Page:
ThoughtSpot, a two-year-old, Redwood City, Ca.-based business intelligence software company that’s reportedly making big strides in how easily its corporate customers can search their data, has raised $30 million in new funding led by Khosla Ventures. Box CEO Aaron Levie and earlier investor Lightspeed Venture Partners also participated in the round, which brings the company’s total funding to $40.7 million.
Wayin, a three-year-old, Denver-based company whose software gathers social media postings and displays it in real time on its clients’ sites, mobile apps, or, in the case of sports teams, scoreboards, has raised at least $12.1 million in Series C round, per an SEC filing flagged by Xconomy.The company, cofounded by Sun Microsystems cofounder and CEO Scott McNealy, has raised $32.5 million to date; its investors include U.S. Venture Partners.
Western Oncolytics, a 2.5-year-old, Cleveland, Oh.-based company whose virus-based therapy promises to target many types of cancers and even cancerous cells that may be undetected in a patient’s body, has raised $275,000 in seed funding from undisclosed individual investors.
Zerto, a five-year-old, Boston-based maker of disaster-recovery technology for virtualized data centers, has raised $26 million in Series D funding led by new investor Harmony Partners. Earlier investors Battery Ventures, Greylock IL, RTP Ventures and U.S. Venture Partners all participated in the round, which brings Zerto’s total funding to $60.2 million.
Greycroft Partners, the eight-year-old, early-stage venture firm with offices in New York and L.A., has just closed on its first growth fund, a $200 million vehicle, reports the WSJ. The company, whose bets have included Maker Studios and Buddy Media, needed more dry powder for its expansion-stage companies, particularly as “many of our companies are not in San Francisco and have a harder time tapping into these expansion-stage funds in the Valley,” partner Ian Sigalow tells the outlet.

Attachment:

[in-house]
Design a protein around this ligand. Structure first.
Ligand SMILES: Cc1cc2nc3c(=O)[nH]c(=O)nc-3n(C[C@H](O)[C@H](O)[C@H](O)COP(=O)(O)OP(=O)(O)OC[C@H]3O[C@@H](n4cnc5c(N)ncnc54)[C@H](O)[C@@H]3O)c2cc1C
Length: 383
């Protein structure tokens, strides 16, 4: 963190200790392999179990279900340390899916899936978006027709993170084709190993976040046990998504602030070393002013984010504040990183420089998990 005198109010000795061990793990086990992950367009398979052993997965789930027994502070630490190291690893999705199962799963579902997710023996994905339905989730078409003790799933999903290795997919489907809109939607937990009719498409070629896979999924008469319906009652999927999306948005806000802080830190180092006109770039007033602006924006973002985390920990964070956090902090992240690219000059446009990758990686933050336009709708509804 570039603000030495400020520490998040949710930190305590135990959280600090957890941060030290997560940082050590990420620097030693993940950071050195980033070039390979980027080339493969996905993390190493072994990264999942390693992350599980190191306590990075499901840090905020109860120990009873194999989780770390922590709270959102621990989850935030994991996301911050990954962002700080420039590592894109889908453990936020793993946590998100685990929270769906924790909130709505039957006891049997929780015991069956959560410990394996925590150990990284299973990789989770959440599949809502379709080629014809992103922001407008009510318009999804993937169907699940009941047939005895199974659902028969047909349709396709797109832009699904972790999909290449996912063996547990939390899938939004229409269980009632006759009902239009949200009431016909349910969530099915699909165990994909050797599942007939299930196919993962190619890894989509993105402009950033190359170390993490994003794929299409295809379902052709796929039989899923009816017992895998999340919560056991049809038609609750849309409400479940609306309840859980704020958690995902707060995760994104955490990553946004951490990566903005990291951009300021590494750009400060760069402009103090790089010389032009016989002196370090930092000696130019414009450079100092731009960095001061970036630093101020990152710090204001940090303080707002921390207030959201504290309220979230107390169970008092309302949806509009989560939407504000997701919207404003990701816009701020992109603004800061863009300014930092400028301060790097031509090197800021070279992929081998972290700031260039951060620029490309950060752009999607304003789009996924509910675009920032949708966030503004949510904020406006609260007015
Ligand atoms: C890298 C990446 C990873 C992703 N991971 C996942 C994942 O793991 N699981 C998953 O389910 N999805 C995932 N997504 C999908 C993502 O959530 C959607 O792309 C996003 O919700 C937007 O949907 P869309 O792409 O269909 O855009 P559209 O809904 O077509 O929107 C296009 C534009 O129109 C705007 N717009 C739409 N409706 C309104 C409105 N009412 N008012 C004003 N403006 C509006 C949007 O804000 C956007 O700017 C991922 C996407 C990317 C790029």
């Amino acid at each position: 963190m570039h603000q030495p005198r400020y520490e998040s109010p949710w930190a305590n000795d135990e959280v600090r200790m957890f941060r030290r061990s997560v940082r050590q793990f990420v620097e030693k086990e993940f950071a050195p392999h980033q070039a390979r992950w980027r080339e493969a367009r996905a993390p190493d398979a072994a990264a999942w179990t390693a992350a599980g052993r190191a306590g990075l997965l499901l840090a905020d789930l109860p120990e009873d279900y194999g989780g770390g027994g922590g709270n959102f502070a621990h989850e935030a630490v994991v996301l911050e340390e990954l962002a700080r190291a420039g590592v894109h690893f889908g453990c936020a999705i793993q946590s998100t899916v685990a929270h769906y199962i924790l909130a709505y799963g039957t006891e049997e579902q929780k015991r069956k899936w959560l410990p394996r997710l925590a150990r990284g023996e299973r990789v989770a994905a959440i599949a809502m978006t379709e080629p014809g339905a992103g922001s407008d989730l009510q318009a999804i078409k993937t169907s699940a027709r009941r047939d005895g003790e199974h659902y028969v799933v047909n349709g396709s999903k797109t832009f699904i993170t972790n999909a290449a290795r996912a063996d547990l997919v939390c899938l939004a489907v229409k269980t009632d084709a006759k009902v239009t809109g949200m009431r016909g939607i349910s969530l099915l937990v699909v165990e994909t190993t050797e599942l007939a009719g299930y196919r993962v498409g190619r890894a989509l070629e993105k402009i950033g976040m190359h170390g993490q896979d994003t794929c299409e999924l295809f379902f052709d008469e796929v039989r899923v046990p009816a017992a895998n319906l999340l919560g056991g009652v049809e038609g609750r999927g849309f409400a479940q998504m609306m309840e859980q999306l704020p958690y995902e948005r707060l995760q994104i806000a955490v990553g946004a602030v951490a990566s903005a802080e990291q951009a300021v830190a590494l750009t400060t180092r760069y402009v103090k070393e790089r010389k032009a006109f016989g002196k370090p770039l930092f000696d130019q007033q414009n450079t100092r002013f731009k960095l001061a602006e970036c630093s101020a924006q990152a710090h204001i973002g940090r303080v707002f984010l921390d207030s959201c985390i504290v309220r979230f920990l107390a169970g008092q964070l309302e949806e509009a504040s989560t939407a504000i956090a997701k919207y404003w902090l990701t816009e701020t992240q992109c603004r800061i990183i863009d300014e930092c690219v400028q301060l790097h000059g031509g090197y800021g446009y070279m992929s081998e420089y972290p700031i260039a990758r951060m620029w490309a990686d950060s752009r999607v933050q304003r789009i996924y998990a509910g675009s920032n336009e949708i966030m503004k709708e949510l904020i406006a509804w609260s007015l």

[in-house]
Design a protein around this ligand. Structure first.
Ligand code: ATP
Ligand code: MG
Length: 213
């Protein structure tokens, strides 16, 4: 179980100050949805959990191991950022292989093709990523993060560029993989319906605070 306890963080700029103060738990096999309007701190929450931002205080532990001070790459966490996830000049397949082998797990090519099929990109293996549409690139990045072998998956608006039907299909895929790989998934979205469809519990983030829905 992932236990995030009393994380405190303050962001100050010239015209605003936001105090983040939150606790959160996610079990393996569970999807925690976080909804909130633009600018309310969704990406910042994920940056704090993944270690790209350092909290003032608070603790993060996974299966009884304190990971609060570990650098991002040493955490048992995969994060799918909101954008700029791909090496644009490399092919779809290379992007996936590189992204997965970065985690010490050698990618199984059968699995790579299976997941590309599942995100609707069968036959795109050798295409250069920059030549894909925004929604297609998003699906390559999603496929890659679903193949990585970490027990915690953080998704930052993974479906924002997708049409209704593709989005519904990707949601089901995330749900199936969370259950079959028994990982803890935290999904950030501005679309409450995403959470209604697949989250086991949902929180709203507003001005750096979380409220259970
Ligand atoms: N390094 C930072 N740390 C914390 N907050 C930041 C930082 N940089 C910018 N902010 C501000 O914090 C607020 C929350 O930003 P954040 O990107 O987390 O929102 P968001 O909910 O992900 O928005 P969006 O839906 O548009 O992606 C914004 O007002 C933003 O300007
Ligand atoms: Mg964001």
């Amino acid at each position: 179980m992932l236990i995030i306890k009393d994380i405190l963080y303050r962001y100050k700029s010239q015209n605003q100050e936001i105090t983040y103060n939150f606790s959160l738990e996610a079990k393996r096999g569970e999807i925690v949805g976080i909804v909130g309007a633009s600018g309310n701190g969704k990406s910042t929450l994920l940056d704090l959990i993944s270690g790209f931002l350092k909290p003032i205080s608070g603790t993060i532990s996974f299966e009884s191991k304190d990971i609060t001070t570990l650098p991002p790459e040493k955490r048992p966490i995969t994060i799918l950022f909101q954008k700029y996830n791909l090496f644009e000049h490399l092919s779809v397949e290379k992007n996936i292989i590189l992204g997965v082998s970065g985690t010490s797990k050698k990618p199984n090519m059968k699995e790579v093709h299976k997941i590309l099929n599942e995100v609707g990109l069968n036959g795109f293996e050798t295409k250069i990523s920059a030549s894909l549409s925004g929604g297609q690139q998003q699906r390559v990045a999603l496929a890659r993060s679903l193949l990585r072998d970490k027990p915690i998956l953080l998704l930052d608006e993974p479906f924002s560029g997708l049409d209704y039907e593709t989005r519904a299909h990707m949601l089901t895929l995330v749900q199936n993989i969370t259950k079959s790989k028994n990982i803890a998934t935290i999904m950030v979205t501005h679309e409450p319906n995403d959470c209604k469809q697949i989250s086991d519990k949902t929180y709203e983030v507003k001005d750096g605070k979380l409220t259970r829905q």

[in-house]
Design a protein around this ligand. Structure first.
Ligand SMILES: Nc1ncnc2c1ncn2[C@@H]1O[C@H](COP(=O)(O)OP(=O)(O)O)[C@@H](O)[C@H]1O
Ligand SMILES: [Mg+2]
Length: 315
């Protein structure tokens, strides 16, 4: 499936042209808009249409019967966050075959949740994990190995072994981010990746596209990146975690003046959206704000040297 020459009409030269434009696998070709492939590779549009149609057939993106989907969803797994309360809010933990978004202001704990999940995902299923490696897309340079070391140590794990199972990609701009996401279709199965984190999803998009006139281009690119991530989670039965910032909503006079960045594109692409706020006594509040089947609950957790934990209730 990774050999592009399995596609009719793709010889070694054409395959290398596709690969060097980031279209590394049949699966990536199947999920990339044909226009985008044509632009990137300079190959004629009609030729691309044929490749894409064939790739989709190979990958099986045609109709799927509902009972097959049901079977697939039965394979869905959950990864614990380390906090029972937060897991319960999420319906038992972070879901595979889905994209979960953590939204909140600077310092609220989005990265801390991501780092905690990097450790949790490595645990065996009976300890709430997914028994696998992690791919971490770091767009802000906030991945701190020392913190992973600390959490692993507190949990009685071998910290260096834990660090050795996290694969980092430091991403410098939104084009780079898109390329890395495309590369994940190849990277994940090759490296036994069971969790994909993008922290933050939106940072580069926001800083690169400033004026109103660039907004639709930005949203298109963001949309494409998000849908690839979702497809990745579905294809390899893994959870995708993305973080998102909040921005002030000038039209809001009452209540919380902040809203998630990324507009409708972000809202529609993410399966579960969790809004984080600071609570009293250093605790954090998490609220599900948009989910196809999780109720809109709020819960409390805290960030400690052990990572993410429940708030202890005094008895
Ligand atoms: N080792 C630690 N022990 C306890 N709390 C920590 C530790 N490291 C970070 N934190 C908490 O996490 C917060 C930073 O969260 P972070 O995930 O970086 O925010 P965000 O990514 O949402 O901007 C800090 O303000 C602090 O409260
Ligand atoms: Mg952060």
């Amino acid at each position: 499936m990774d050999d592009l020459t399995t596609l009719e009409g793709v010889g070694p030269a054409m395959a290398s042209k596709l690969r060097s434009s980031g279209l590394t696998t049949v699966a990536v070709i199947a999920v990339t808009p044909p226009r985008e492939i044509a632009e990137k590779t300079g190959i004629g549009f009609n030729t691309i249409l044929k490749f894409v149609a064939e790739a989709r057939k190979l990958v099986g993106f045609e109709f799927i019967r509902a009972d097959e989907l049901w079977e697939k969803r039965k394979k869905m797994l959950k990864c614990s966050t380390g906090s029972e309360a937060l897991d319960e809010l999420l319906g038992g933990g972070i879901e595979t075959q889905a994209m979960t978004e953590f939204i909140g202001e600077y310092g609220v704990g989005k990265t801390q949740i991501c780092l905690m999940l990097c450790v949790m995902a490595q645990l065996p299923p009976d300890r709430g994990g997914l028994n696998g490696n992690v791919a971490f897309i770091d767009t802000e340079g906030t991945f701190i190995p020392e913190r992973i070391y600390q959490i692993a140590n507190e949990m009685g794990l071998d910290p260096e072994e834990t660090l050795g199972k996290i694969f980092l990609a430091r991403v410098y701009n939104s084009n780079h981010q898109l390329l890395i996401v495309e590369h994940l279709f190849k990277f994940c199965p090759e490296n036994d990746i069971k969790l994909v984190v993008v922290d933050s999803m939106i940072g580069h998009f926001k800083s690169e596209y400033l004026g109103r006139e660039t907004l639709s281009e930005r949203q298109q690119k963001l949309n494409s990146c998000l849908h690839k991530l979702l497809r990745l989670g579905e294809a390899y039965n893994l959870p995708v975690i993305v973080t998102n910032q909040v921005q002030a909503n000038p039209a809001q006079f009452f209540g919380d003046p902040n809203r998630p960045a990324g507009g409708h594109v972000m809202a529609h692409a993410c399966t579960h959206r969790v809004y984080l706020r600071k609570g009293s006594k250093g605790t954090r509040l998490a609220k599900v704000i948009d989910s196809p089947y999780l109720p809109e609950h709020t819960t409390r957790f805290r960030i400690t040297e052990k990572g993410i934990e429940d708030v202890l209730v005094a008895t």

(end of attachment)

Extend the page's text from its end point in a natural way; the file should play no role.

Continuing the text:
Shasta Ventures, the 10-year-old, early-stage, Sand Hill Road firm that counts Nest Labs among its stand-out investments, has raised $300 million for its fourth fund — its largest to date. Altogether, Shasta has raised a little more than $1 billion, with its previous funds each totaling between $210 and $265 million. The WSJ has more here.
Finnish e-retailer One Nordic Furniture, which sells ready-to-assemble design furniture and accessories, has been acquired by online retailer Fab for an undisclosed amount of cash and stock. One Nordic’s team will own 5 percent of the combined company once the deal has closed.
SnappyTV, a four-year-old, San Francisco-based video publishing and distribution platform that lets content owners edit and share media content across the Web, has been acquired by Twitter for an undisclosed amount. The company appears to have raised just $760,000 in seed funding from Great Oaks Venture Capital, Transmedia Capital, and Freestyle Capital.
Another week, another $4 million in John Doerr‘s pocket.
Sands Capital Management is looking to hire a senior research associate to join its life sciences team. The job is in Arlington, Va.
A new study by Pepperdine University and Dun & Bradstreet suggests that access to capital increased in the second quarter of the year, while demand for funding fell.
Walt Mossberg on Amazon’s smartphone ambitions.
A Twitter tracking tool that will let you know, nearly in real time, when someone changes their bio.
Fifteen classic movie scenes reimagined by a couple, using their chubby-cheeked baby and a whole lot of cardboard.
Why trophy wives may not really be a thing after all.
Behold, the $7,000 briefcase (in case you were wondering).